Let him who is convinced that his views are true and right express them . . . at every opportunity . . . without considering how much support or how much opposition he will encounter. Only falsehood is in need of many supporters in order to win the day; falsehood must have the authority of numbers to make up for what it lacks in justification. Truth, by contrast, will always prevail, even if it takes time. Noble, courageous and pure, expressed with all the fiery zeal and conviction and with all clarity of sure awareness, stated again and again at every opportunity, truth will ultimately gain respect and admiration even of those who do not accept it. The only truth that can be lost beyond recall is that truth whose adherents no longer have the courage to speak up candidly on its behalf. Truth has never gone down in defeat as the result of opposition, it has done so only when its friends are too weak to defend it. - R' S.R. Hirsch

Sunday, March 27, 2016

In the Beginning, G-d

In the beginning, it was G-d Who created.  The Hebrew word translated ‘in the beginning’ is ‘bereshit’ and proclaims that nothing existed prior to G-d’s act of creation, and that the heavens and the earth were created only through G-d’s Word.

In the beginning was the Word, and the Word was with G-d, and the Word was G-d.  He was with G-d in the beginning.  Through him all things were made; without him nothing was made that has been made. (cf. John 1).

The Scripture teaches us that the world was brought into existence from non-existence i.e. ex nihilo. The belief that the world is eternal, is not only a metaphysical falsehood and a misrepresentation of the origin of the universe, it is a belief which serves to undermine all of morality, while denying freedom in both G-d and man.

If matter existed before creation, then the Creator of the universe would have been able to fashion from the material given Him not a world that was absolutely good, but only the best possible world within the limitations of that material.  G-d would then not be master over the material of the world, and man would not be master over his body. Freedom would disappear, and the entire world would be subject to a blind immutable fate.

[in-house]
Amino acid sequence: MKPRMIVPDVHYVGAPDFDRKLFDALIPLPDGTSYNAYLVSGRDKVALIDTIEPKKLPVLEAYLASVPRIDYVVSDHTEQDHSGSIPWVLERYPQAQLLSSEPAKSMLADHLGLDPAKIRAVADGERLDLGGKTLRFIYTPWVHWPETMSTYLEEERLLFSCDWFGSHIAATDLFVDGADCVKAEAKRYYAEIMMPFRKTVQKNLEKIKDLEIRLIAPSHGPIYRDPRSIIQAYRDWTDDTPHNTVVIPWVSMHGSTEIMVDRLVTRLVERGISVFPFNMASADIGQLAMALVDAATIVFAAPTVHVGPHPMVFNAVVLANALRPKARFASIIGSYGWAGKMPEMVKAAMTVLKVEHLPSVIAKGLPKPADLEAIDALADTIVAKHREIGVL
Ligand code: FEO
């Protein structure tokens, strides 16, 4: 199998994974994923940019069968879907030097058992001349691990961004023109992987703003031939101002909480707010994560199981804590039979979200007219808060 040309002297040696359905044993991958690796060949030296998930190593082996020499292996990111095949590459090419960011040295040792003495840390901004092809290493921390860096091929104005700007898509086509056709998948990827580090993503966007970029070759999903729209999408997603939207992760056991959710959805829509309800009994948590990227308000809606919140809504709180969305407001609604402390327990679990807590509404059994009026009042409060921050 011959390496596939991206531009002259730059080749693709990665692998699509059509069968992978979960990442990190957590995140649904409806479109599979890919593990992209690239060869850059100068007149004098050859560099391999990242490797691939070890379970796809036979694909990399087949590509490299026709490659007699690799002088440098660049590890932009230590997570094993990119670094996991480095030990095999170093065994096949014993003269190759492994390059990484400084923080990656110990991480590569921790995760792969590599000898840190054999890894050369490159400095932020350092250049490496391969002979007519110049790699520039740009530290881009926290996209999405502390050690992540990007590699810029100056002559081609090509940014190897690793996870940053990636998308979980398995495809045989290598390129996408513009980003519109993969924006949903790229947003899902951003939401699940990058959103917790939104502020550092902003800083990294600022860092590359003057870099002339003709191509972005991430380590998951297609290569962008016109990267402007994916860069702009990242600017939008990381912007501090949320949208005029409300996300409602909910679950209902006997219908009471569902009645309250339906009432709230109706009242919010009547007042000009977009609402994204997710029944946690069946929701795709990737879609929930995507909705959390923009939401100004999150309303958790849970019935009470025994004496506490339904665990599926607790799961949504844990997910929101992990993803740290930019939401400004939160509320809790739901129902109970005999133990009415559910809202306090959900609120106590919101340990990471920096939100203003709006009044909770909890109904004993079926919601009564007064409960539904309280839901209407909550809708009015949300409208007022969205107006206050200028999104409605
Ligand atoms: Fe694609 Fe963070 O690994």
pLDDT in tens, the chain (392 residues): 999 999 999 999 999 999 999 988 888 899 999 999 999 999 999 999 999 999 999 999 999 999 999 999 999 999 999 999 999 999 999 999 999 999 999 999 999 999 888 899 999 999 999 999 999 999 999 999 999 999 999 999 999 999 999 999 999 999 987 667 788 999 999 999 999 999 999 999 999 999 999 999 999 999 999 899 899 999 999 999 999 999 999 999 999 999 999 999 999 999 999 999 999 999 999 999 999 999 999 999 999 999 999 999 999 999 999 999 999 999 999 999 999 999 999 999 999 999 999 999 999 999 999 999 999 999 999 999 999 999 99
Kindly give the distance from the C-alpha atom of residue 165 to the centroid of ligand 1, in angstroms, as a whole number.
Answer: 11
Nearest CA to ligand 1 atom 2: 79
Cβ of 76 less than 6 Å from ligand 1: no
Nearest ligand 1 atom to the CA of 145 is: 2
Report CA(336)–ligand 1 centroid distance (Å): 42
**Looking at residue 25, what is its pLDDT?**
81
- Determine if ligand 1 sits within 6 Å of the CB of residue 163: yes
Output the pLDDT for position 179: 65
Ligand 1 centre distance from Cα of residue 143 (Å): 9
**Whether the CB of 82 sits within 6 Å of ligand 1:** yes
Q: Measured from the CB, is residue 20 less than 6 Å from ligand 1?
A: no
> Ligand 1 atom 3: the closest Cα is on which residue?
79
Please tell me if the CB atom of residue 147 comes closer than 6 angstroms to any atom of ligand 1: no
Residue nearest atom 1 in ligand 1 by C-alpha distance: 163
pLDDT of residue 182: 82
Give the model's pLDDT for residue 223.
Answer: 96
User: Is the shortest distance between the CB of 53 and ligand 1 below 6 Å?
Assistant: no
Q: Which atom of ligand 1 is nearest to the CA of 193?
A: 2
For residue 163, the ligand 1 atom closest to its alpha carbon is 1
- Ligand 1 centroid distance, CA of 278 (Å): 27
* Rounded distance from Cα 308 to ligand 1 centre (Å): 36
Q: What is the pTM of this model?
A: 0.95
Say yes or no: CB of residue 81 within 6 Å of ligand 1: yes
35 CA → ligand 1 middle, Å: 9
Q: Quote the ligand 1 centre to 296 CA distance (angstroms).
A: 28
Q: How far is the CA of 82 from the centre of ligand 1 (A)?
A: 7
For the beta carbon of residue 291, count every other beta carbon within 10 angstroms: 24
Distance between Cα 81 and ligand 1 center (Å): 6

Everything was created by the free, Almighty Creator, a Creator Who still rules freely over matter and form of everything; over the forces that act upon matter; over the laws by which these forces operate; and over the resulting forms. The free and Almighty will of G-d created matter and caused these forces to act upon it, and His will set the laws by which forms are fashioned.

And so the world that has been created is not the best possible one that can be fashioned with the given material; rather it is the only good world and is a world which reflects the wise plan of the Creator.

The possibility of sinning is part of his moral perfection and a basic condition for his moral freedom. We see then that ‘bereshit’ is the foundation of our awareness of G-d, world, and man.  When man lost this awareness, it had to be reestablished.  This, then, was the purpose of the revealed miracles: to demonstrate G-d’s free and unbounded mastery over the world with all its elements forces and laws. According to our Sages, these miracles were intended to restore man’s faith in a free and unlimited G-d.